Apples and Oranges – Are They Really That Different?

Apples and Oranges
At some time or another, you have probably heard the phrase “comparing apples and oranges”. It is often used when someone compares two items that are so different, any such comparison is considered invalid.

While there is no direct origin of the idiom, it can be found in many different forms and languages. In Europe, for example, it is common to compare apples and pears, like in France, where the phrase is “comparer des pommes et des poires”.

Apples and oranges is what stuck in the United States, however, and today, it gets invoked anytime a person tries to compare things thought to be incomparable.

But, this does beg one question – are apples and oranges really that different?

What Does Science Say?

At least two “scientific” studies have been conducted on the subject, and each study seems to support the conclusion that apples and oranges can actually be compared fairly easily. In fact, the two fruits are quite similar.

The first study done on the topic was conducted by Scott A. Sandford of the NASA Ames Research Center. His findings were published in the satirical science magazine Annals of Improbable Research. Sandford produced a spectrograph from dried samples of a granny smith apple and a Sunkist navel orange.

In analyzing the results of his spectrograph, Sandford found that it is quite easy to make a comparison between apples and oranges. He concludes that the “apples and oranges defense should no longer be considered valid.” He goes on to state that his findings will “have a dramatic effect on the strategies used in arguments and discussions in the future.”

A second study was done by James Barone, surgeon-in-chief at Stamford Hospital in Connecticut. Barone had noticed that the phrase “apples and oranges” was popping up more and more in medical literature and elsewhere in the medical community. He decided to conduct a study comparing red delicious apples and navel oranges using various different measurements. His findings were published in the British Medical Journal.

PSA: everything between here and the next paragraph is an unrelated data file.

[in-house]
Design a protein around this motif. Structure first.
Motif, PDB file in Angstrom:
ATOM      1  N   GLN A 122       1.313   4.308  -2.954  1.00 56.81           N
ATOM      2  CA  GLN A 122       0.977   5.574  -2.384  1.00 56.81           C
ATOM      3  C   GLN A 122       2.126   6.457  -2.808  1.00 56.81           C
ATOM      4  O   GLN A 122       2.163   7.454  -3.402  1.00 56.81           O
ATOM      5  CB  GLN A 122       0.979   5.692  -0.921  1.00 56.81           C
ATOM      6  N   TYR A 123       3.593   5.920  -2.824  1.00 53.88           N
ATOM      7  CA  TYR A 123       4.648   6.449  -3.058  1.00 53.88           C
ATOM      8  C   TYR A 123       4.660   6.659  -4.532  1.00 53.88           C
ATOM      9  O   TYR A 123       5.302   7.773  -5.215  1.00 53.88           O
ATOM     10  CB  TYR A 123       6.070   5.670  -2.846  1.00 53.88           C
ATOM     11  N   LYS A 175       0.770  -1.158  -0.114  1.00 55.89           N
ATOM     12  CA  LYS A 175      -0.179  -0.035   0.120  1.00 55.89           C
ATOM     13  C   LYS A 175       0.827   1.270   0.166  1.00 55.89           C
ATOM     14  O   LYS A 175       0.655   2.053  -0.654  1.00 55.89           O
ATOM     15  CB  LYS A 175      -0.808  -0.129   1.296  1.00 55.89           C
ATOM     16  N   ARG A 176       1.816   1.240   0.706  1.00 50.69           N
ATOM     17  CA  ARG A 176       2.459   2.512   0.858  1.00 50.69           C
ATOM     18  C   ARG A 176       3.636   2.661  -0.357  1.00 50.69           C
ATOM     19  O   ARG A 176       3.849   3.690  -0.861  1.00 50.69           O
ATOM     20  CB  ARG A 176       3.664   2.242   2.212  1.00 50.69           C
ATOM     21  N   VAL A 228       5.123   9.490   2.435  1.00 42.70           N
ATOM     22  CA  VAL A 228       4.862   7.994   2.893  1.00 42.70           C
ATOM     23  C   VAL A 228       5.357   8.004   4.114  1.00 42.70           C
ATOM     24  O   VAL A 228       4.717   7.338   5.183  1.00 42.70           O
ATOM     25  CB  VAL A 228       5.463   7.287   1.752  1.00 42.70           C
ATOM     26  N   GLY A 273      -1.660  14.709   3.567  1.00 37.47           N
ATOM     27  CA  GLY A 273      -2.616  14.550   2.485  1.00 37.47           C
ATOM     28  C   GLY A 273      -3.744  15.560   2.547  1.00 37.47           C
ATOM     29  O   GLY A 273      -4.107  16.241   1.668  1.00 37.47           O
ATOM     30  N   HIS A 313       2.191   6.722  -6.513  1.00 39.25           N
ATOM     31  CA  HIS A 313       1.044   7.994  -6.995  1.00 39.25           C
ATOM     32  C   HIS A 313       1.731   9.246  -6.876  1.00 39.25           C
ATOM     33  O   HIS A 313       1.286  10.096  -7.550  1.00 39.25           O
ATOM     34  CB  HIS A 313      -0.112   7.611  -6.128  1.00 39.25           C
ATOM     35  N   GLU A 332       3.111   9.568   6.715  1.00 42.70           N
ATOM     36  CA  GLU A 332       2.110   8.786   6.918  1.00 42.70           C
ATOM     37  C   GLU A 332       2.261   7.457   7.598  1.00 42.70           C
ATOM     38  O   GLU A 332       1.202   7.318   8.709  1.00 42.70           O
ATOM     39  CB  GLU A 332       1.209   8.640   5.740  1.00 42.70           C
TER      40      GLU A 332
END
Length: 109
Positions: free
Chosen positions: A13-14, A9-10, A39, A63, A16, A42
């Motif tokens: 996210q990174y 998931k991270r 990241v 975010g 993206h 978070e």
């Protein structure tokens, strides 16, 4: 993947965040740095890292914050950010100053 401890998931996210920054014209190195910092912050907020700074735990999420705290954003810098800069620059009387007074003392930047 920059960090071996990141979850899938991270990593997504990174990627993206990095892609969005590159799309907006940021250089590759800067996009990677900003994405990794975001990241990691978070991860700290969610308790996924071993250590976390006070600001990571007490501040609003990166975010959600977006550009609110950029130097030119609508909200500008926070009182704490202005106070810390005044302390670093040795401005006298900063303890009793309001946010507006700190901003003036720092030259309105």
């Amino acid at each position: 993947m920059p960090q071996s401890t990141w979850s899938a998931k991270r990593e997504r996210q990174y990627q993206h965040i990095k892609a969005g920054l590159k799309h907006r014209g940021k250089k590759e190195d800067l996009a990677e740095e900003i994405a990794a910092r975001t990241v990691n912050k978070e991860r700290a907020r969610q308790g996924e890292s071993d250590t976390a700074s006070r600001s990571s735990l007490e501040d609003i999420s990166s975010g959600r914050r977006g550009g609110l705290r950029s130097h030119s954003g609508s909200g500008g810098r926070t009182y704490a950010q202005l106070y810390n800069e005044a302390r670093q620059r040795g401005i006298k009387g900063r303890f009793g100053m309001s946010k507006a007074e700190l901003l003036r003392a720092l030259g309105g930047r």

Barone concluded that apples and oranges “appear to have many features in common.” Both apples and oranges are sweet. They are similar in size, weight, and shape. They are both grown in orchards. Both may be eaten or juiced. In fact, with the exception of their color and number of seeds, they really not all that different.

Should We Stop Comparing Apples and Oranges?

Despite the glaring evidence, it seems unlikely that the idiom “comparing apples and oranges” will go away anytime soon. If we’ve learned anything about science over the years, it’s that some people will never want to believe it. Undoubtedly, the phrase will live on.

Still, given the findings of these two highly scientific studies, perhaps it is time we stop focusing on the differences between apples and oranges. Instead, let’s celebrate what they have in common, and allow the two fruits to live apple-y ever after.